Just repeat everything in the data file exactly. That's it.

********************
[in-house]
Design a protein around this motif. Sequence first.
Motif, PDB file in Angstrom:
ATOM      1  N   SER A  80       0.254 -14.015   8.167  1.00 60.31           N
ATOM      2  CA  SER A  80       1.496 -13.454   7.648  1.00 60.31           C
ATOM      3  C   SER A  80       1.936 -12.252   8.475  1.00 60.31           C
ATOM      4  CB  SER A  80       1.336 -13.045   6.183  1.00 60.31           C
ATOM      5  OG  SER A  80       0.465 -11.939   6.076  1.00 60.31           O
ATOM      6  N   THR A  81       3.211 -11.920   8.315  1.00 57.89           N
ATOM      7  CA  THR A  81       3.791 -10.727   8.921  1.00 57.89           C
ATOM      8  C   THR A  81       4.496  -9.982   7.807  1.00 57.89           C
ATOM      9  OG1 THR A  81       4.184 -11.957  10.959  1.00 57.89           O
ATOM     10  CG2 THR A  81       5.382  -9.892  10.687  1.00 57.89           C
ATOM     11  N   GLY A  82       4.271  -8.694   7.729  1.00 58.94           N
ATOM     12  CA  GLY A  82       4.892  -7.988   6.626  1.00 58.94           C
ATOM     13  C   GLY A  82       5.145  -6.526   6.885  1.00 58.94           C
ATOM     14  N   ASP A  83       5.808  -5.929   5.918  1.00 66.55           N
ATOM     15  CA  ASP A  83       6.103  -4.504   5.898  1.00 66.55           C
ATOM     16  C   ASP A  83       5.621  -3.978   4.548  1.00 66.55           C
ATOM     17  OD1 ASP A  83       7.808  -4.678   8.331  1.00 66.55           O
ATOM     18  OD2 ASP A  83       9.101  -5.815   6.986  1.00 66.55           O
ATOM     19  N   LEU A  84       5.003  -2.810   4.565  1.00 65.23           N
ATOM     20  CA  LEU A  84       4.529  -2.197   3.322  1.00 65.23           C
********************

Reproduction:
[in-house]
Design a protein around this motif. Sequence first.
Motif, PDB file in Angstrom:
ATOM      1  N   SER A  80       0.254 -14.015   8.167  1.00 60.31           N
ATOM      2  CA  SER A  80       1.496 -13.454   7.648  1.00 60.31           C
ATOM      3  C   SER A  80       1.936 -12.252   8.475  1.00 60.31           C
ATOM      4  CB  SER A  80       1.336 -13.045   6.183  1.00 60.31           C
ATOM      5  OG  SER A  80       0.465 -11.939   6.076  1.00 60.31           O
ATOM      6  N   THR A  81       3.211 -11.920   8.315  1.00 57.89           N
ATOM      7  CA  THR A  81       3.791 -10.727   8.921  1.00 57.89           C
ATOM      8  C   THR A  81       4.496  -9.982   7.807  1.00 57.89           C
ATOM      9  OG1 THR A  81       4.184 -11.957  10.959  1.00 57.89           O
ATOM     10  CG2 THR A  81       5.382  -9.892  10.687  1.00 57.89           C
ATOM     11  N   GLY A  82       4.271  -8.694   7.729  1.00 58.94           N
ATOM     12  CA  GLY A  82       4.892  -7.988   6.626  1.00 58.94           C
ATOM     13  C   GLY A  82       5.145  -6.526   6.885  1.00 58.94           C
ATOM     14  N   ASP A  83       5.808  -5.929   5.918  1.00 66.55           N
ATOM     15  CA  ASP A  83       6.103  -4.504   5.898  1.00 66.55           C
ATOM     16  C   ASP A  83       5.621  -3.978   4.548  1.00 66.55           C
ATOM     17  OD1 ASP A  83       7.808  -4.678   8.331  1.00 66.55           O
ATOM     18  OD2 ASP A  83       9.101  -5.815   6.986  1.00 66.55           O
ATOM     19  N   LEU A  84       5.003  -2.810   4.565  1.00 65.23           N
ATOM     20  CA  LEU A  84       4.529  -2.197   3.322  1.00 65.23           C